• Nearly three-quarters of Americans who are non-Christians or haven’t been to church in the last six months think it’s “full of hypocrites,” according to a survey by LifeWay Research, affiliated with the Southern Baptist Convention’s LifeWay Christian Resources. Of those surveyed, 79 percent said Christianity is more about organized religion than about loving God and people. And 44 percent agreed that “Christians get on my nerves.” Seventy-two percent agreed that God “actually exists,” and 86 percent said they could have a good relationship with God outside of church involvement. Yet 78 percent said they were willing to listen to someone tell them about his or her Christian beliefs.

ELCA members provided $50,000 through the church’s International Disaster Response to support humanitarian work in Darfur, Sudan, and $50,000 to support continued recovery from an August 2007 earthquake in Peru. Belletech Deressa, director for international development and disaster response, said Darfur “has become a protracted emergency with a need to focus on provision, not only of life-saving services but also on short- to medium-term livelihood solutions for those who are still unable to return home safely.” Working with international ecumenical partners, funds provide food, medicine, clean water and emergency shelter. At presstime, income was low for the church’s International Disaster Response, Deressa said, emphasizing “the financial challenge we face in responding to international disasters.” To help, send checks to ELCA International Disaster Response, P.O. Box 71764, Chicago, IL 60694-1764; call 800-638-3522; or give online.

The United Church of Christ — a church body that has a full communion relationship with the ELCA — is reaching out to scientists through ads on 30 popular science blogs. The messages are part of the church’s “God is still speaking” identity effort. Two such new messages read: “God makes room for quantum mechanics. (And regular ones, too.) — The United Church of Christ.” and “Who said God doesn’t like science? Join the experiment. — The United Church of Christ.” UCC leaders also sent the denomination’s 5,700 congregations a pastoral letter and resources for further study, asked congregations to honor those who work in science-related jobs on Sunday, May 18, and announced two $500 prizes for the best sermon related to science and technology.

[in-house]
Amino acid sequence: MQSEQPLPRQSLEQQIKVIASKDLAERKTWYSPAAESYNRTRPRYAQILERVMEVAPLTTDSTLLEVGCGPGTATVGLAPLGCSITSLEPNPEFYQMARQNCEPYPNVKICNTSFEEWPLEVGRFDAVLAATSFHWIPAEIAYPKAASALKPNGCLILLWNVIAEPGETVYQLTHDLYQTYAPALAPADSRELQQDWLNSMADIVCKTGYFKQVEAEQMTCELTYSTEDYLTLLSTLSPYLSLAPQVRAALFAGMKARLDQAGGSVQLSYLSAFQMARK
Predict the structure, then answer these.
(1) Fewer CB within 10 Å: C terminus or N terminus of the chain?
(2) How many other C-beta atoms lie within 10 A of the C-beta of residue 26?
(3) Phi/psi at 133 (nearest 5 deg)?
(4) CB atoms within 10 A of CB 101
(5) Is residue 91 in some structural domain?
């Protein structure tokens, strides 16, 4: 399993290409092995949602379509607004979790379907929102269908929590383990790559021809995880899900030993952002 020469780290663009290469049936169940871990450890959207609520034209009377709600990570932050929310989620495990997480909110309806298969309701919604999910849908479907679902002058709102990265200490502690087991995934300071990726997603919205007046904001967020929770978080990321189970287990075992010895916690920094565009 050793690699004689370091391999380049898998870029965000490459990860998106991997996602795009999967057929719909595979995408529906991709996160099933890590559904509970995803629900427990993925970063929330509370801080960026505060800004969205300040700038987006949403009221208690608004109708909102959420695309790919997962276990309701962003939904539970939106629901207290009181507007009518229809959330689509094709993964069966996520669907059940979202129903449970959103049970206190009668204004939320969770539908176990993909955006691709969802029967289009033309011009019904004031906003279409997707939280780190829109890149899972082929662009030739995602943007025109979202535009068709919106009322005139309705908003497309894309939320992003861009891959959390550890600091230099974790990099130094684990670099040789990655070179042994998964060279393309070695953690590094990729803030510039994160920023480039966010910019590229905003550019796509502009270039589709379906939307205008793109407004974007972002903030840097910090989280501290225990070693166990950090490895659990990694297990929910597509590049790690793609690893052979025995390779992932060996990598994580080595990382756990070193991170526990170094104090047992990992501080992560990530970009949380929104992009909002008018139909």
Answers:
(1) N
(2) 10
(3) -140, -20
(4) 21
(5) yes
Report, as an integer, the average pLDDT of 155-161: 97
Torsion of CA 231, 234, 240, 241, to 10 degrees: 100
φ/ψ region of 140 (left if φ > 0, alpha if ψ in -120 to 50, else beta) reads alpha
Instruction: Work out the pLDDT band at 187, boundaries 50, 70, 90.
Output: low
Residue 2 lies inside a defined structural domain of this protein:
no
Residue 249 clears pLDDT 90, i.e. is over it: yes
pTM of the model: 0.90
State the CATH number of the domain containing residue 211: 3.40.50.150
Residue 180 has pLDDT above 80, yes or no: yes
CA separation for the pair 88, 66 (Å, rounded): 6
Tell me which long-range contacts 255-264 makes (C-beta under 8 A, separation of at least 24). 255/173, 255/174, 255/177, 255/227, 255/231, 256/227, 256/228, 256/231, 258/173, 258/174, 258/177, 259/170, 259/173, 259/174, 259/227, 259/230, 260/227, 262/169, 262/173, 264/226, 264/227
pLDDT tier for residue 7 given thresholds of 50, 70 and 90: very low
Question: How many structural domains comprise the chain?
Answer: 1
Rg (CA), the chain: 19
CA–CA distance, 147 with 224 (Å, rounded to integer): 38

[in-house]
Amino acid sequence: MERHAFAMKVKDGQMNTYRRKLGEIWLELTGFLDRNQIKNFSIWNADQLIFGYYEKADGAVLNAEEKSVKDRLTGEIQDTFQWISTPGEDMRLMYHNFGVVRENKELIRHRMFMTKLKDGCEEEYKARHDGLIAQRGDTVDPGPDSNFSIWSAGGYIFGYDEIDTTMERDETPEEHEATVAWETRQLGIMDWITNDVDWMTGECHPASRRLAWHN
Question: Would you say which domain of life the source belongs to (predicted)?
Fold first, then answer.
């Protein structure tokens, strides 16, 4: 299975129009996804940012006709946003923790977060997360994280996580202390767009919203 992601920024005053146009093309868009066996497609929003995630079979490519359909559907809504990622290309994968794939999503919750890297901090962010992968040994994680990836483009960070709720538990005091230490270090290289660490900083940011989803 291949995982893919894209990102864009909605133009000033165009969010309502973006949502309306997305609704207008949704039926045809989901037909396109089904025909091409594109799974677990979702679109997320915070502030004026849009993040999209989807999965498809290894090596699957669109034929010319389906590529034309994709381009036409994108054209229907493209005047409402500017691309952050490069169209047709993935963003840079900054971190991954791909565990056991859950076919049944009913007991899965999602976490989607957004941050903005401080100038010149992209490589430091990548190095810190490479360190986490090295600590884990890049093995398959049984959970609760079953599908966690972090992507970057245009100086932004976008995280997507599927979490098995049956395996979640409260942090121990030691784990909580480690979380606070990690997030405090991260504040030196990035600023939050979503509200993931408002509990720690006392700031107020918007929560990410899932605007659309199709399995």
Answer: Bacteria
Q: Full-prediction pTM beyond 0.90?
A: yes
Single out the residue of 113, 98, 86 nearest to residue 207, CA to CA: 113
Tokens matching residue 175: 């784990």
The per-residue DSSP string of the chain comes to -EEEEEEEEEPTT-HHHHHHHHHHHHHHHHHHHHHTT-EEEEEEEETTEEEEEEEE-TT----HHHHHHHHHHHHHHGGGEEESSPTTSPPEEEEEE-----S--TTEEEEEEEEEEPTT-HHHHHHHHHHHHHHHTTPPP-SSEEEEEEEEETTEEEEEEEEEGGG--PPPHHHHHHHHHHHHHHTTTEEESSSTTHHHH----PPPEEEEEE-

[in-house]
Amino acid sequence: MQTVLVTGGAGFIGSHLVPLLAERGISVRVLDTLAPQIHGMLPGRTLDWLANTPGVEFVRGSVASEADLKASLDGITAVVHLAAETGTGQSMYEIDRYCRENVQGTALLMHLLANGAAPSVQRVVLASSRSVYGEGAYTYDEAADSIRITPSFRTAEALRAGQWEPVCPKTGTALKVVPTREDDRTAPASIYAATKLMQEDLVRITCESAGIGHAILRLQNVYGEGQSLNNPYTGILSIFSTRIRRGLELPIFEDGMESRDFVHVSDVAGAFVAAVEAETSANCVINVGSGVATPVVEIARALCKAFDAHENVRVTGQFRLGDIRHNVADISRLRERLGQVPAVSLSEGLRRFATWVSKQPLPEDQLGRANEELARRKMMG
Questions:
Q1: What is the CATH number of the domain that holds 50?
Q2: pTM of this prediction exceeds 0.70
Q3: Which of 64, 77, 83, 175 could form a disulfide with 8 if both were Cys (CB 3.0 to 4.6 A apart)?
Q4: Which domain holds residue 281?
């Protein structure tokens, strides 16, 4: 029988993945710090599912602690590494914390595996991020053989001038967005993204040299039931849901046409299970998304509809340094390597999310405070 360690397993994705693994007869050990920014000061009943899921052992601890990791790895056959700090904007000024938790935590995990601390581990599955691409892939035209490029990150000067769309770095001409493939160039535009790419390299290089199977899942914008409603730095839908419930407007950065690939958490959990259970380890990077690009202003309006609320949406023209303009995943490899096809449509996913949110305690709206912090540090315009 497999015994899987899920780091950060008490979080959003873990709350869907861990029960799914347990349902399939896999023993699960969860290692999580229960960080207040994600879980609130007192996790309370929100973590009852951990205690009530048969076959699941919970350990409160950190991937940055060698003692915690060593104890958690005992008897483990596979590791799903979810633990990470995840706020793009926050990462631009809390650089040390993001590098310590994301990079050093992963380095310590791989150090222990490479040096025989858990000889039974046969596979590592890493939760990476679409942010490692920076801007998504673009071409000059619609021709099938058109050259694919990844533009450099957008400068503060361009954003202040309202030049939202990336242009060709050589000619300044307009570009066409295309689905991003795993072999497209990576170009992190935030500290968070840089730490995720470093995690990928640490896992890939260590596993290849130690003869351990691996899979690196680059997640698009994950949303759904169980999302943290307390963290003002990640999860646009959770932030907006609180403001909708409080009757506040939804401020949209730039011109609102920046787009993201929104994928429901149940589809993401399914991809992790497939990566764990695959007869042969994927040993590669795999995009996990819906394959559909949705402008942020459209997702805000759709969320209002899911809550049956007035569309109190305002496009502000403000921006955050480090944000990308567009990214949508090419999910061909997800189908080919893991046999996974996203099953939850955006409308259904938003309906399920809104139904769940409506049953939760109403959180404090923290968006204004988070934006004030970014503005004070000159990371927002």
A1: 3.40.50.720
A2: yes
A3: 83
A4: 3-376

• Some Malaysian Christians protested after their government banned the use of the word “Allah” by non-Muslims. Paul Tan Chee Ing, a Jesuit bishop who heads the Malaysian Christian Federation, said, “ ‘Allah’ is a pre-Islamic word used by Arab Christians before Islam came into being. ... We maintain and we have always told the government that we have the right to use the word ‘Allah.’” The ban came after a long-running government campaign against a Roman Catholic newspaper whose Malaysian-language section uses Allah as a synonym for God. Malaysia is about 60 percent Muslim, 28 percent Christian and Buddhist, and 10 percent Hindu.

• Citing human rights violations in Saudi Arabia, the Institute on Religion and Public Policy, a religious freedom advocacy group, urged Congress to vote down a proposed $20 billion arms sale to the oil-rich kingdom. “According to our State Department, Saudi Arabia is a country with innumerable violations of human rights,” said Joseph K Grieboski, the institute’s president. He said the proposed sale was a “flagrant violation” of President George Bush’s earlier statements, including a 2005 inaugural address where he said the U.S. would not ignore the oppression of those living in “tyranny and hopelessness.” Grieboski said the arms sale “not only ignores those ‘who live in tyranny and hopelessness,’ but actually arms and strengthens their oppressors.” The Bush administration said the sale is needed because of regional security threats.


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December issue

DECEMBER issue:

Advent: Waiting together